Encrypted Data is Secure Today. But Will it be Crackable with Quantum Computers? Not all encryption will be readily crackable with quantum computers. “Symmetric encryption can be decrypted using the same key that was used to encrypt it, while asymmetric encryption requires one key (the public key) to encrypt and another key (the private key) to decrypt.” But asymmetric encryption which most data is secured with, today, predominantly in communications, is a problem if quantum computers come to fruition as anticipated.
mte. Extract and Graphic: The short answer is yes: encryption can be cracked. A brute force approach, which basically involves making lots and lots of guesses until one turns out to be right, would certainly find the right answer, given enough time and computing power. Given our current capabilities, brute-forcing AES-256 could take up to 3 sexdecillion (3×1051) years, and similar numbers could be attached to many widely-used encryption algorithms. In the future quantum computers and other advances could significantly decrease how secure encryption actually is, but in the meantime it’s effectively impenetrable.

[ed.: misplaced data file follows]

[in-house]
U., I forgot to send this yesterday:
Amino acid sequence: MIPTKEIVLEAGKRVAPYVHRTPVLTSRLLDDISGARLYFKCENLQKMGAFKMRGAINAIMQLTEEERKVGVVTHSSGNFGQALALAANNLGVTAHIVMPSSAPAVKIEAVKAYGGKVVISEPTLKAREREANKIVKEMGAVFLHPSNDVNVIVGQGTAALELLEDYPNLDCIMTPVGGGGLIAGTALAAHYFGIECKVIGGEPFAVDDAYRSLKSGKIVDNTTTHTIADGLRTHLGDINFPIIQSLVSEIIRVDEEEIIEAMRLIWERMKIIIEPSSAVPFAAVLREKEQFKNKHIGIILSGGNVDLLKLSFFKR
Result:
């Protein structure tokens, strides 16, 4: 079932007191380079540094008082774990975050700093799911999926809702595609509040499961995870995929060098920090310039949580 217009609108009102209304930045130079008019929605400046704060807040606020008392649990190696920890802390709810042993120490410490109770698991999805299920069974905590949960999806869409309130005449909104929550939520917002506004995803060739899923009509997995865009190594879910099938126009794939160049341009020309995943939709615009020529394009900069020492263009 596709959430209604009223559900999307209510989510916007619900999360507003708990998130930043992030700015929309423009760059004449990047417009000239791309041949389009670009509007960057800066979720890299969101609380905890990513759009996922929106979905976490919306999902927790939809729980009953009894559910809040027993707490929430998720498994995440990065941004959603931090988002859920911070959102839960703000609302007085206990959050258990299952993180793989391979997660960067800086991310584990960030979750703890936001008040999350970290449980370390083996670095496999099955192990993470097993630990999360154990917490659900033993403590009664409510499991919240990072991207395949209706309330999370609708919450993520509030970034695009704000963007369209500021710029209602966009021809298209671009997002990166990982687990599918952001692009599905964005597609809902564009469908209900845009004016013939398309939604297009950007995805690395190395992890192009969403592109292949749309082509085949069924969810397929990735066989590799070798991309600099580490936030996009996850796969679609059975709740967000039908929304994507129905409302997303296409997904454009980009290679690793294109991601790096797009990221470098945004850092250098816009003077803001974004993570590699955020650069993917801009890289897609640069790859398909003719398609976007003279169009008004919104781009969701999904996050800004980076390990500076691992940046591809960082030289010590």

But that doesn’t make encryption foolproof. Attackers are well aware that encrypted data is useless without keys, so what do they go after? The keys. The most catastrophic possible data breach is one in which the encrypted data and the decryption keys are stolen. If data security is being implemented correctly, the keys (multiple keys for different data, probably per user) will be securely stored in a separate location from the data and should probably be encrypted themselves. Additionally, the keys will need to be securely decrypted and fetched every time some data needs to be decrypted, so that attackers can’t intercept it. On top of all that, the keys should probably be changed on a regular basis.